An Italian startup has developed a luminescent solar concentrator technology that can be integrated with active architectural elements and windows. The technology is based on nanoparticles known as chromophores, which decouple the absorption and light-emission processes, thanks to appropriate engineering. The company claims it has achieved a conversion efficiency of up to 3.2%, with a degree of transparency in the visible spectrum of around 80%.
March 13, 2020
Italian startup Glass to Power has developed a luminescent solar concentrator (LSC) technology that can be integrated into active architectural elements and windows.
The devices consist of semitransparent plastic slabs doped with highly emissive chromophores that absorb sunlight and emit long-wavelength photons. “These photons are guided by total internal reflection to the device edges, where they are converted into electricity by conventional PV cells installed along the slab perimeter,” the company told pv magazine.
It said that the devices are easy to integrate into active architectural elements and are ideal for near zero-energy balance buildings in highly populated urban areas where there are not enough suitable rooftops to collect energy.
The technology is based on nanoparticles known as chromophores, which decouple the light-absorption and emission processes. “This made it possible to build prototypes with good generation efficiency even for areas of hundreds of square centimeters, which can be easily scaled up to the dimensions required for commercial applications,” a spokesperson for the company said.
The LSCs are essentially colorless, which is a key requirement for their application in building-integrated photovoltaics.
“A complete colorimetric characterization demonstrated that our LSC does not introduce relevant distortion of the transmitted light nor modifications to the indoor-to-outdoor chromatic perception,” the spokesperson said.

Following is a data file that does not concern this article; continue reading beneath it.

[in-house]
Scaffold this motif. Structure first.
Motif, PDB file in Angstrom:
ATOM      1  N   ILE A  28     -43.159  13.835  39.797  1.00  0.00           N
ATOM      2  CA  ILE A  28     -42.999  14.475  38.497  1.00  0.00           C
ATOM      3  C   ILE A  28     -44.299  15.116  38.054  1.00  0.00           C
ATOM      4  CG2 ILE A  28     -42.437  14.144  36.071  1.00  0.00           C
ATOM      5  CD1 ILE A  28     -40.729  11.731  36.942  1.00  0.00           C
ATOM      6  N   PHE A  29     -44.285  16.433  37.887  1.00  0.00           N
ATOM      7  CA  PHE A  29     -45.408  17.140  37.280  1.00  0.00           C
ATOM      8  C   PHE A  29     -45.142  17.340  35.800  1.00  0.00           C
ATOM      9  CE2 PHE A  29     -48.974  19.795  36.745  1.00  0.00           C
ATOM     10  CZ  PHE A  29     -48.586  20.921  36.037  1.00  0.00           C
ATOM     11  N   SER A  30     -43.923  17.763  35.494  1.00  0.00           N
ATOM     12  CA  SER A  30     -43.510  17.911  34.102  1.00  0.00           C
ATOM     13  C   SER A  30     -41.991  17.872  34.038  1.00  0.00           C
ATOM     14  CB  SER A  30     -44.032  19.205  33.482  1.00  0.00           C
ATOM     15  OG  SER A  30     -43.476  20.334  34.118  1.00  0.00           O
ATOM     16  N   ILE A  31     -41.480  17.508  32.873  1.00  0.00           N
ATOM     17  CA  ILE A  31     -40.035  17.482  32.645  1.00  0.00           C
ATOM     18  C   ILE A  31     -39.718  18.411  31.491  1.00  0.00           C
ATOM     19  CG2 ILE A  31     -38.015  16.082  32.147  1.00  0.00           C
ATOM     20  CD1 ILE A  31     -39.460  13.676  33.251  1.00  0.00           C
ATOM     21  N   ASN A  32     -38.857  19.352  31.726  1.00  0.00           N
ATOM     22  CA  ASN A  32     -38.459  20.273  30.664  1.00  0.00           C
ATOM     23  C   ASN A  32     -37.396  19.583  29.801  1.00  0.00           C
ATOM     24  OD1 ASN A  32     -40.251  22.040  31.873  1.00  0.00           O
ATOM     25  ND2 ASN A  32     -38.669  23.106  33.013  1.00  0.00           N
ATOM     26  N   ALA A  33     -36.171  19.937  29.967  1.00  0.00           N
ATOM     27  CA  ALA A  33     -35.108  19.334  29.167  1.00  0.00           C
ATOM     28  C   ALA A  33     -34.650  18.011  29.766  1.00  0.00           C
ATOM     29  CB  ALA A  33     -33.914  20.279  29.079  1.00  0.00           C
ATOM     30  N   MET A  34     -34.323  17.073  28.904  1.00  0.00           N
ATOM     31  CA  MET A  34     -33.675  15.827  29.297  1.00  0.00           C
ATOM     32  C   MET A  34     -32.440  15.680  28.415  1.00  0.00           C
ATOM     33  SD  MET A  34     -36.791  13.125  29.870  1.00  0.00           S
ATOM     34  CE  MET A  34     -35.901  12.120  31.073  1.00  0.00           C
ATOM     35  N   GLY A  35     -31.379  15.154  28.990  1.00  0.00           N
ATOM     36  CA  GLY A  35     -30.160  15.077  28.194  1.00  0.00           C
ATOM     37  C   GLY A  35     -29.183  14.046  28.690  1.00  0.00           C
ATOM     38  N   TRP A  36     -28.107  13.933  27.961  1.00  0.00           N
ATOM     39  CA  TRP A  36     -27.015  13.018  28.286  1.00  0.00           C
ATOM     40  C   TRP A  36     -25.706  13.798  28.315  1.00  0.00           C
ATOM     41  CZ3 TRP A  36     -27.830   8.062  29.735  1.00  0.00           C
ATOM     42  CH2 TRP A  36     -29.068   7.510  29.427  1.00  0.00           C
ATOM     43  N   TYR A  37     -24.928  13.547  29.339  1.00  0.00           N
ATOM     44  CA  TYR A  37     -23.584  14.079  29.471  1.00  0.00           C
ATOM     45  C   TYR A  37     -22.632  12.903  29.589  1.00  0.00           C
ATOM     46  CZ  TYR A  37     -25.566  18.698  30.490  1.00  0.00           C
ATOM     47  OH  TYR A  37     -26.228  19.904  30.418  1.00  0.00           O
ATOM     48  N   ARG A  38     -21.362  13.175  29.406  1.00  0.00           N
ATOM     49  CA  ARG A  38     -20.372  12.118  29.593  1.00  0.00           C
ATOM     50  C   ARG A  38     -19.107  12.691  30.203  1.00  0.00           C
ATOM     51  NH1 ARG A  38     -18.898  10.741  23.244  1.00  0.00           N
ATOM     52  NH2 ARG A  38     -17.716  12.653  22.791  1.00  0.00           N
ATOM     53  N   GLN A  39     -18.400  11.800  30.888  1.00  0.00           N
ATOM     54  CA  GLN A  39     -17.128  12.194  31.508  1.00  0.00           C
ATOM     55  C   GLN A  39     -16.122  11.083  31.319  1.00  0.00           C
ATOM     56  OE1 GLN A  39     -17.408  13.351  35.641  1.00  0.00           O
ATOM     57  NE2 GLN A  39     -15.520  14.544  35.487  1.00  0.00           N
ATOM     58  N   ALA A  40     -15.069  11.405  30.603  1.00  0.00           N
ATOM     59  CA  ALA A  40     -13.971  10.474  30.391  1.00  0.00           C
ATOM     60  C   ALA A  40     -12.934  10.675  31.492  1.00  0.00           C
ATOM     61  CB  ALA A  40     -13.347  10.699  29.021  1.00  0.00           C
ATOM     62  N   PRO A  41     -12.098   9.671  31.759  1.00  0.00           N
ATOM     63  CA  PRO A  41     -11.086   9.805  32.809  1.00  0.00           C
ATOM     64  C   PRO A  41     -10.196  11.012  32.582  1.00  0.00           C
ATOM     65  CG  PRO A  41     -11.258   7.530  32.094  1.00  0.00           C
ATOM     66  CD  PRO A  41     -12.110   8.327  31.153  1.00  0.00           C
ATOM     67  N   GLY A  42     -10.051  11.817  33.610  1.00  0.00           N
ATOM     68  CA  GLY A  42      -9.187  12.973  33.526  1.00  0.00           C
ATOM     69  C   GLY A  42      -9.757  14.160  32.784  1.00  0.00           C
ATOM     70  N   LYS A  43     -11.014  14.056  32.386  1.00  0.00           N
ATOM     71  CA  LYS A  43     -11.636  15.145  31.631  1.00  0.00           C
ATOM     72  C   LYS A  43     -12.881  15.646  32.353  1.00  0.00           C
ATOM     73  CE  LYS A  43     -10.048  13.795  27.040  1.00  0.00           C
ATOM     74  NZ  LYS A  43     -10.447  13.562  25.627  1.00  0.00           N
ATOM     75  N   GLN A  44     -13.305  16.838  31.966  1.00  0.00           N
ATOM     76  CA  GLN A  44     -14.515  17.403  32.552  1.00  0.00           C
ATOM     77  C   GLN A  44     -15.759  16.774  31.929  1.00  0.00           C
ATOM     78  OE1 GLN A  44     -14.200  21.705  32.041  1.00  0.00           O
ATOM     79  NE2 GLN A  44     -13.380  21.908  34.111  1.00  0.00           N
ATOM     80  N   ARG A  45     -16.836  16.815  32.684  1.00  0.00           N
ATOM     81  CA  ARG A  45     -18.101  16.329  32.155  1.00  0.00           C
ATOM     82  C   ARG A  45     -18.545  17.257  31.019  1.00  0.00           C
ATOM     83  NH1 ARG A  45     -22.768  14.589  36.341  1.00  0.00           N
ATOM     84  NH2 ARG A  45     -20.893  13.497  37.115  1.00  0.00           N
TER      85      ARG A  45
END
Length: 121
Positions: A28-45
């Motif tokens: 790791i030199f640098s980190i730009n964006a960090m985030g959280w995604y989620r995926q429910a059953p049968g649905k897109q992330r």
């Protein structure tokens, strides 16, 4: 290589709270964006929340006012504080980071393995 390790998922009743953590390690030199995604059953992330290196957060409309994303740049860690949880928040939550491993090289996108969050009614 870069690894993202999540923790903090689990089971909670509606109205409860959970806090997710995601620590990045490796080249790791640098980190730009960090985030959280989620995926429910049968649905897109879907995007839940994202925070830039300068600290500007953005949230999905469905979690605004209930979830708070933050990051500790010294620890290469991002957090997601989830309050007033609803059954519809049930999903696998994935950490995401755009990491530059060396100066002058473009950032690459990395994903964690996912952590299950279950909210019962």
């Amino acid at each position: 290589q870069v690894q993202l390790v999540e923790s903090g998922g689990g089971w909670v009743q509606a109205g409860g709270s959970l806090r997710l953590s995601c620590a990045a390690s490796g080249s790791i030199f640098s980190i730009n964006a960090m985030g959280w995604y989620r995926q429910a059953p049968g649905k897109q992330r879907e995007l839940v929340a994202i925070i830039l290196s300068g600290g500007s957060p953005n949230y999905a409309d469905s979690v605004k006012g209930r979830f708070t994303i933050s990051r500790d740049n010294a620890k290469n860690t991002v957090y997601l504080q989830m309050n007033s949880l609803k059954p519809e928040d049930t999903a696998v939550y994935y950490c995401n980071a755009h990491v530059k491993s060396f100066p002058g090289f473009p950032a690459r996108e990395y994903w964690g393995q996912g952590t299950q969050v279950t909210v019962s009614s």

Stable and environmentally friendly large-area LSCs can now be produced for BIPV modules, Glass to Power claims. The company spokesperson added that the technology allows the development of low-impact photovoltaic windows that can be easily integrated into the architecture of passive buildings, in a way that makes them virtually invisible from inside and out. The LSCs are said to be similar to lenses for sunglasses, rather than films that are commonly applied to glazed windows to reduce indoor sunlight.
“The degree of transparency of LSCs, moreover, can be determined at the production stage according to customer’s needs, to obtain the best compromise between absorbed energy and amount of light for indoor lighting,” the spokesperson said.
The quality of light transmitted, according to the UNI 10380 certification, is located in group 1A, which is the best source for lighting in homes and hospitals, Glass to Power said. A Farnsworth-Munsell 100 test, which is one of the most famous color vision tests currently available, showed that the LSCs do not alter color perception in photovoltaic windows, the company claimed.
Glass to Power has obtained a 3.2% conversion efficiency rate, with a degree of transparency in the visible spectrum of around 80%. “That is, only 20% of the light is used for power generation while the remaining 80% goes through the panel to illuminate the indoor environment,” the company stated.
The optical conversion efficiency of the blue-ultraviolet fraction of the solar spectrum reaches values of more than 10%. “In addition, ‘ray-tracing’ simulations based on experimental data obtained from our prototypes show that these performance is also conserved for large dimensions, paving the way for photovoltaic windows with efficiency levels exceeding 5%,” the spokesperson said.
The nanoparticles are entirely made of inorganic materials such as silicon, which are intrinsically stable to solar irradiation, without any risk of degradation. That guarantees continuity and the durability of electricity generation, according to the company. It added that it has only used easily recyclable plexiglass and silicon nanoparticles for the LSCs, or other inert semiconductors without heavy metals.
Glass to Power is based in Rovereto, in the northern Italian province of Trento. It currently has a production capacity of 300 grams of nanoparticles per month, but it hopes to raise that to 100 grams per day by installing new production equipment.